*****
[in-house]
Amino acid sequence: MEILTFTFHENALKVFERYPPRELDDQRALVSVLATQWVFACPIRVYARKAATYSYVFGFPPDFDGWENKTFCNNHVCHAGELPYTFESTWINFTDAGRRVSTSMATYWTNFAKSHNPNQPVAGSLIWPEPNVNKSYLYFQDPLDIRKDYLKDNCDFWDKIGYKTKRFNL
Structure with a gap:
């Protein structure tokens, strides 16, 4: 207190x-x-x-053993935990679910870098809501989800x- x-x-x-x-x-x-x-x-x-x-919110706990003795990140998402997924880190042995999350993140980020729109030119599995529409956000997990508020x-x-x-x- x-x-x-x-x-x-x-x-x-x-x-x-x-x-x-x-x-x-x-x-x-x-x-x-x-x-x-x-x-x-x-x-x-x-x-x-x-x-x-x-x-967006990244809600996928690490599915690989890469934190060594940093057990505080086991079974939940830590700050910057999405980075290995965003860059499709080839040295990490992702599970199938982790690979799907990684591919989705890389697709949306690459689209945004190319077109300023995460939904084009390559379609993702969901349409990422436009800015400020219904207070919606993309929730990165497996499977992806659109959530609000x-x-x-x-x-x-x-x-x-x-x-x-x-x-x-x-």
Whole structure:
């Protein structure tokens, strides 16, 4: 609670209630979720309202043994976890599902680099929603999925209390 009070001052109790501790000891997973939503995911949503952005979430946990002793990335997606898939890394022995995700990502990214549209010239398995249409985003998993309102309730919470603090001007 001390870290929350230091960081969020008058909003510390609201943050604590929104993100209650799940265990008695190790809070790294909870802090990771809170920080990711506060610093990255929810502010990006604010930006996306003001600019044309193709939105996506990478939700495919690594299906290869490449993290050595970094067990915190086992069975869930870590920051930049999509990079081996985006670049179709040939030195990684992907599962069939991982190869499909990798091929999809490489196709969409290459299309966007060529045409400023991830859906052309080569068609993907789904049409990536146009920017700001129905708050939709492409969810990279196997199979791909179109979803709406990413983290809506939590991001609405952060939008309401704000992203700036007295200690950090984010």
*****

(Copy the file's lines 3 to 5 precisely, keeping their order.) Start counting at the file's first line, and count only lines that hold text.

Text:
Structure with a gap:
């Protein structure tokens, strides 16, 4: 207190x-x-x-053993935990679910870098809501989800x- x-x-x-x-x-x-x-x-x-x-919110706990003795990140998402997924880190042995999350993140980020729109030119599995529409956000997990508020x-x-x-x- x-x-x-x-x-x-x-x-x-x-x-x-x-x-x-x-x-x-x-x-x-x-x-x-x-x-x-x-x-x-x-x-x-x-x-x-x-x-x-x-x-967006990244809600996928690490599915690989890469934190060594940093057990505080086991079974939940830590700050910057999405980075290995965003860059499709080839040295990490992702599970199938982790690979799907990684591919989705890389697709949306690459689209945004190319077109300023995460939904084009390559379609993702969901349409990422436009800015400020219904207070919606993309929730990165497996499977992806659109959530609000x-x-x-x-x-x-x-x-x-x-x-x-x-x-x-x-």
Whole structure: